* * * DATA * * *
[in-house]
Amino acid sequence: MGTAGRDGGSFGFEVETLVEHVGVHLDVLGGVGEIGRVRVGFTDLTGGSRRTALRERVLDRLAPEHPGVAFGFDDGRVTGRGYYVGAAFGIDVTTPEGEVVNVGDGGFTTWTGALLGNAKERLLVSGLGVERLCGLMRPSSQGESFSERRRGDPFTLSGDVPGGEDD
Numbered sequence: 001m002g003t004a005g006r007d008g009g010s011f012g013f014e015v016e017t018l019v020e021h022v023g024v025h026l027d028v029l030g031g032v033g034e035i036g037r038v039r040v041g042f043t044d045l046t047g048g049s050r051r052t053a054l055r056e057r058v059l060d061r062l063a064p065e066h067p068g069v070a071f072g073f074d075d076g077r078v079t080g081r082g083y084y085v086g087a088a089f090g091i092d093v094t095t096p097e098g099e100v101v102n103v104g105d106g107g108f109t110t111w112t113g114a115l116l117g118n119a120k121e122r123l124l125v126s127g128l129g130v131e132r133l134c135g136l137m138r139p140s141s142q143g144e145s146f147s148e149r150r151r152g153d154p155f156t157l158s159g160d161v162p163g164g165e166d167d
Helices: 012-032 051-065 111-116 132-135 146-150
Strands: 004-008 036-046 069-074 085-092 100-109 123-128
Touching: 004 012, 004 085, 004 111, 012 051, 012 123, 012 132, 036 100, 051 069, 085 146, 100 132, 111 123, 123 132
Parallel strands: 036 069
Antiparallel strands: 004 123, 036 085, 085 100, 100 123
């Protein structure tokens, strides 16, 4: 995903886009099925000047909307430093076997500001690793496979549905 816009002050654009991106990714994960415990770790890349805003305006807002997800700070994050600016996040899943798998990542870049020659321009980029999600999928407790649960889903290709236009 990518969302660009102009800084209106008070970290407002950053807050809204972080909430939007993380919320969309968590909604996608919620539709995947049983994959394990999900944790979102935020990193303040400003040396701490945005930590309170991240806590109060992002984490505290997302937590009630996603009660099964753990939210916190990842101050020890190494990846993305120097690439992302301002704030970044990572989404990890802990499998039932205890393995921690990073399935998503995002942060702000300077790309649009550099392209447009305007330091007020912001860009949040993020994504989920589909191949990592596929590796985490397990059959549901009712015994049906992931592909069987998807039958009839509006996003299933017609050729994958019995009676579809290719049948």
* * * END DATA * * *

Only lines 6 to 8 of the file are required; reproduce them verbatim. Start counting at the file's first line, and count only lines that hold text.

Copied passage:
Touching: 004 012, 004 085, 004 111, 012 051, 012 123, 012 132, 036 100, 051 069, 085 146, 100 132, 111 123, 123 132
Parallel strands: 036 069
Antiparallel strands: 004 123, 036 085, 085 100, 100 123